"A lot of kids were getting dizzy, forgetting assignments, it turns out a lot of them had not eaten all day."
The No. 2 problem?
"They need rides home," Nolan
After getting a look at his
new team this summer, Nolan
did something that football coaches rarely do.
sent out three mass e-mails asking for donations for his
"It isn't like we could just hold a carwash or a bake sale; we don't have enough players or involved parents," he
"I couldn't think of anything else."
first missive with, "I am the sole booster club for our program....I need some help.
asked for water, food, cleats, socks, underwear.
asked for shoulder pads.
asked for one dollar per person.
sent the e-mails to more than 2,000 people.
"I knew it could be difficult here; that's why I wanted the challenge," Nolan
"But I had no idea my coaching would begin with soliciting big jars of peanut butter."
But the crazy idea worked.
Somebody sent cases of water.
Somebody else sent packages of boxer shorts.
A guy showed up at practice the other day offering slightly used cleats, and Nolan
tossed him a $100 bill and bought all of them.
It's nice, but it's only a start.
Nobody is comfortable yet.
The other day, Nolan
was pulled aside at practice by a parent who told him that a local gang had killed a rival gang member the night before.
The parent warned that retaliation could happen to someone on his
football team, and that Nolan
should carefully watch slow-moving cars on an adjacent street.
Oh yeah, and have a good practice.
"I'm like, 'What?''' Nolan
That was the reaction of the team when Nolan
was hired this summer, the last head coaching job filled on a CIF website, Nolan's best chance to get back in the game.
Nolan knew about preaching from his parents, a former Catholic priest and nun.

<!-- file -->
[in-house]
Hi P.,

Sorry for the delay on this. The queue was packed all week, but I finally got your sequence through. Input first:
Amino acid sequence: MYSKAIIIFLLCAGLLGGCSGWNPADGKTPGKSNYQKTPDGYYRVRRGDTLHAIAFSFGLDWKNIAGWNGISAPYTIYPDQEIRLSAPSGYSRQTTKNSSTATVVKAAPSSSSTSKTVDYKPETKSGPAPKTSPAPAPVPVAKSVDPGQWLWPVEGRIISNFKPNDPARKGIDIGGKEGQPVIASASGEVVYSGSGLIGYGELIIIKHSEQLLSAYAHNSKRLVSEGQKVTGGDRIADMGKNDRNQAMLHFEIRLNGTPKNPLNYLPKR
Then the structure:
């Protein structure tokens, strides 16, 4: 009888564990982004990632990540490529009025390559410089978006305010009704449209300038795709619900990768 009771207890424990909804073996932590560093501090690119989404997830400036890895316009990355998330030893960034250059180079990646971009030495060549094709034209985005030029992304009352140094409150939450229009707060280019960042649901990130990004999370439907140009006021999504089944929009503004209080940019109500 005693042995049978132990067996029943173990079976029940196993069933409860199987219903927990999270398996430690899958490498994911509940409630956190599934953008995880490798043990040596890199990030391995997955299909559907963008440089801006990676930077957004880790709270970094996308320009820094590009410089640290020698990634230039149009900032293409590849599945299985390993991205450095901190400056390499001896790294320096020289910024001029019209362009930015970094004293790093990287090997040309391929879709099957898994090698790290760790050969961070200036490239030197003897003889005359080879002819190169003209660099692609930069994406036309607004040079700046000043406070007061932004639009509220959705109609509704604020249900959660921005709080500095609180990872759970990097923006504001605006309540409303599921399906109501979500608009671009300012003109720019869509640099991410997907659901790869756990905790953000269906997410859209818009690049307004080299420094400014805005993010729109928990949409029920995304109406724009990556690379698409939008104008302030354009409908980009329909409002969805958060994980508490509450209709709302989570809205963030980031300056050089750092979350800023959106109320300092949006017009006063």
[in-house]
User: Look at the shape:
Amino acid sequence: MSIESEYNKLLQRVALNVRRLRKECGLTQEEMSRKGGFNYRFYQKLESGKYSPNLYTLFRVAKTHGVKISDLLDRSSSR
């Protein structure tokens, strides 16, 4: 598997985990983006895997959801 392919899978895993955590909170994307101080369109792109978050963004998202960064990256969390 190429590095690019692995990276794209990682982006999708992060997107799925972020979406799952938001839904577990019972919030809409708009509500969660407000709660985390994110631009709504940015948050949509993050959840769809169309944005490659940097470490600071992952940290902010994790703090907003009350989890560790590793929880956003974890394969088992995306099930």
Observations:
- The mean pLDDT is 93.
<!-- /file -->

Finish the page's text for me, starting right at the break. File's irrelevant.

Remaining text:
knew about playing from his
days as a defensive back for Santa Ana Mater Dei High and, later, the University of Utah
knew about coaching from stints at Cantwell-SacredHeartin Montebello and later Laguna Beach, where he
became briefly infamous for publicly ripping an opposing coach who refused to resolve a tie game by agreeing to an overtime period.
left Laguna Beach three years ago to focus on his
successful Speed Kills training business but eventually realized he
missed the kids, and so he
"The way it worked out, I feel like it's a mission for me," Nolan
Kenyon also promises that, later this week, Nolan
should have keys to the gates and maybe even a makeshift office.
Only half the players are there because the previous day's practice was canceled after there was a break in the school's water main, yet Nolan
can't stop hollering.
But for one sweaty moment Friday, you hope Jimmy Nolan
Thanks to the L.A. Times Writer and the New Coach Nolan for bringing this terrible problem to light.
There are a lot of issues going on here that need to be addressed and that need to be taken care of.
I agree with what Tamara said on the Big Ten '75 website.
was the first to ask whether Compton High School or Dominguez High School
are suffering and having these kinds of problems?